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Question: Inexpensive medium for storing large amounts of heat, or cold.

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posted on Sep, 11 2012 @ 09:05 PM
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I want to build a system for storing the Seasons.

So this is a little research thread.. Tell us what you know, or may have tried, or have simply just seen in action.
In the winter, I want to store low temperatures, for use in the Summertime.
In the sumertime, I want to store High temperatures, for use in the Winter.
Some people do it by using large water tanks, buried in the ground. Then pumping it our to the area where temperature control is needed. Some do it passively, with the water just maintaining a stable temp.
Then you add a little heat, or a little chill by conventional means..Like a heater or air conditioner.

It's not a new idea.. You just collect a large amount of your thermal storage medium, and bury it. Then run pipes though it, to transfer it to the location you want to stabilize..


But what might be the best storage medium?...Considering price, transportability, keeping it clean.

Would sand work well? Gravel? Is water the best?

It would be better if I did not need a tank. And could just run my coiled pipes in, and back out.
As much transfer as possible.

I'd also like it to be more than just passive....If it's cold outside, I really want to lower the temp of the medium as much as possible...Same thing if it's hot outside...I want to gather Hot, hot, hot...And store it in the ground.
a lot of it. For use in the WInter.

Then, there is the matter of controlling the release of the stored "Seasons"...I suppose thermostats, and smal pumps would work...


How about some ideas....I know you guys are full of them....Ideas that is..Let's keep a decently insulated room, at "room temperature" all year long...Can you do it?




posted on Sep, 11 2012 @ 09:12 PM
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Your question doesn't make much sense. What you are sort of describing is geothemal. Six feet below grade, the earth temp in my region is about 55 degrees. The idea of storing a medium long enough to use for the opposite season would be virtually impossible. Storing tanks underground is the same situation. If you stored thousands of gallons of water in the heat of summer in holding tanks underground, by the time winter arrived, your water would be 55 degrees. Your theory will not work.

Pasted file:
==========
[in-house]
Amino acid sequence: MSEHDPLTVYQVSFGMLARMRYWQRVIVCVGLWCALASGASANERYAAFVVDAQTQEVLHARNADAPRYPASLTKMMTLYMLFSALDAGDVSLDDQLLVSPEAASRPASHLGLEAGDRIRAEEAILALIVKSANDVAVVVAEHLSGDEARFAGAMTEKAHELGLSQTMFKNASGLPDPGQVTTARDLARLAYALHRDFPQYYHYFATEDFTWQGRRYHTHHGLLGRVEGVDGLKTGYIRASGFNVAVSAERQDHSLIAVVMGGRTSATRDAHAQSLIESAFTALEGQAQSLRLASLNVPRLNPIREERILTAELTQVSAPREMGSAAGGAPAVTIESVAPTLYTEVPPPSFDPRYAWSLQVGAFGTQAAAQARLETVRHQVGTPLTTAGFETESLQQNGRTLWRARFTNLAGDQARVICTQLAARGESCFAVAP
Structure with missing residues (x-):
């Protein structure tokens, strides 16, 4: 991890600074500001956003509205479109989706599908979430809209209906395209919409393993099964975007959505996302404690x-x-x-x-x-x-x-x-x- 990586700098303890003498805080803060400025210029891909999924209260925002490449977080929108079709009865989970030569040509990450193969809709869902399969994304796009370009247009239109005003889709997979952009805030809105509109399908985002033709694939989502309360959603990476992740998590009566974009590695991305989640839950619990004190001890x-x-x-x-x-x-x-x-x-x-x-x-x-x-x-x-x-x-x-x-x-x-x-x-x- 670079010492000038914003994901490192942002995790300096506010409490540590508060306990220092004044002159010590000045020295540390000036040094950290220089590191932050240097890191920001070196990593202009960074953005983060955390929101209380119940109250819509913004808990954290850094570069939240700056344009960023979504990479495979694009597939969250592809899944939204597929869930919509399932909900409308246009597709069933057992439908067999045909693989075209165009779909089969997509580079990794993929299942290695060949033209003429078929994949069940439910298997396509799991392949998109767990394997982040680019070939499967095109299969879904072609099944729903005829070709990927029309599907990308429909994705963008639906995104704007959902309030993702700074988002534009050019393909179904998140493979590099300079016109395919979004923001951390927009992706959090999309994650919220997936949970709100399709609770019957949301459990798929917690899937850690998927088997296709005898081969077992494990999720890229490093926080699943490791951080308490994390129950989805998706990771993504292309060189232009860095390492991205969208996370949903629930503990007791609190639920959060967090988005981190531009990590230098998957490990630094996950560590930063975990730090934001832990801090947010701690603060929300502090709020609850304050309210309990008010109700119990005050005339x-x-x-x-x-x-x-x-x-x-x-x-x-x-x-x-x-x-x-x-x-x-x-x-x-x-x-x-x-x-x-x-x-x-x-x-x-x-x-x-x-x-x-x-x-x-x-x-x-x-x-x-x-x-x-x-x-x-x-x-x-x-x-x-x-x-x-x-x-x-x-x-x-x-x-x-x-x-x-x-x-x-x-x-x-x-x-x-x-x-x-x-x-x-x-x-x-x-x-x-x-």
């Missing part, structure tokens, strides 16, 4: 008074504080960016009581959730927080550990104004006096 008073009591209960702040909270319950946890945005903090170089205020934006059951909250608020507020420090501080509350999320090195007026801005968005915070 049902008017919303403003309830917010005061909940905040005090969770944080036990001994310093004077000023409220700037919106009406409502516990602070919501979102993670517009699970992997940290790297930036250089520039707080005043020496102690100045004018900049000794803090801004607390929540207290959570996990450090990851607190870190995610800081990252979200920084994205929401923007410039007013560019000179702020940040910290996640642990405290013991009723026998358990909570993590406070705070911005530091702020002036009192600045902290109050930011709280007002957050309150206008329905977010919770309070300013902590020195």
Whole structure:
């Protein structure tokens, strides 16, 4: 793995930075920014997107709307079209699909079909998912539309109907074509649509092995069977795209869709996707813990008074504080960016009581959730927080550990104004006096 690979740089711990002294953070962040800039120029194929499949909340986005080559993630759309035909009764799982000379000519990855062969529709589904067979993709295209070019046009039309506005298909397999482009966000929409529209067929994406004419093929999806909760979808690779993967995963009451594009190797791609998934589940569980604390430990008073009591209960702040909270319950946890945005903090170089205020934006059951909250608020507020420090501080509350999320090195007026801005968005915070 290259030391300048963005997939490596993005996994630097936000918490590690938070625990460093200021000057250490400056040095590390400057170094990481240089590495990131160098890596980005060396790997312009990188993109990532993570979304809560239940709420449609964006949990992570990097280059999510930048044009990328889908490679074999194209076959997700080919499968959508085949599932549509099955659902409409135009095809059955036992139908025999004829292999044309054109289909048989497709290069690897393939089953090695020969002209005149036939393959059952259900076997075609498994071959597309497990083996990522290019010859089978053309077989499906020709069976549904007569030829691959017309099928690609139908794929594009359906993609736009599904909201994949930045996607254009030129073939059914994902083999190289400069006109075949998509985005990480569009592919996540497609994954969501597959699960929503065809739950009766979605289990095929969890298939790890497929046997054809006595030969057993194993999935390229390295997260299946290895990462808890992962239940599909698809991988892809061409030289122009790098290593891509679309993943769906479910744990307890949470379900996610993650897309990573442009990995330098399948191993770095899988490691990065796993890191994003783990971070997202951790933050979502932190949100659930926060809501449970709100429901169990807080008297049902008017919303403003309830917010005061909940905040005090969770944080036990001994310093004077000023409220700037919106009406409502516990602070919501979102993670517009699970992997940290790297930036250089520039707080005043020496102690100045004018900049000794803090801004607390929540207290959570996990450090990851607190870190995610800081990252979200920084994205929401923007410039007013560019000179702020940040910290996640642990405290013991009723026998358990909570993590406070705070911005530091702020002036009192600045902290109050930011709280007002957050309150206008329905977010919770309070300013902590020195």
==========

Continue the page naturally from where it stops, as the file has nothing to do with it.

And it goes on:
posted on Sep, 11 2012 @ 09:19 PM
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You are saying I cannot insulate my holding area?

I don't want simple geothermal, even though it's tried and true...I think it could be done better.
edit on 11-9-2012 by spacedoubt because: (no reason given)

edit on 11-9-2012 by spacedoubt because: (no reason given)



posted on Sep, 11 2012 @ 09:36 PM
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Perhaps I am just not understanding properly what you are asking.

Storing water underground for use during the warm months would be fairly simple, but you would need some type of heater to warm the water during the winter.

As was said, If you had hot springs or geothermal vents nearby that would help, but then you would still have hot water in the summer.



posted on Sep, 11 2012 @ 09:39 PM
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reply to post by spacedoubt
 


That sounds like a pretty tall order, but a quick search brought me to a blog article that might give you some ideas to work with.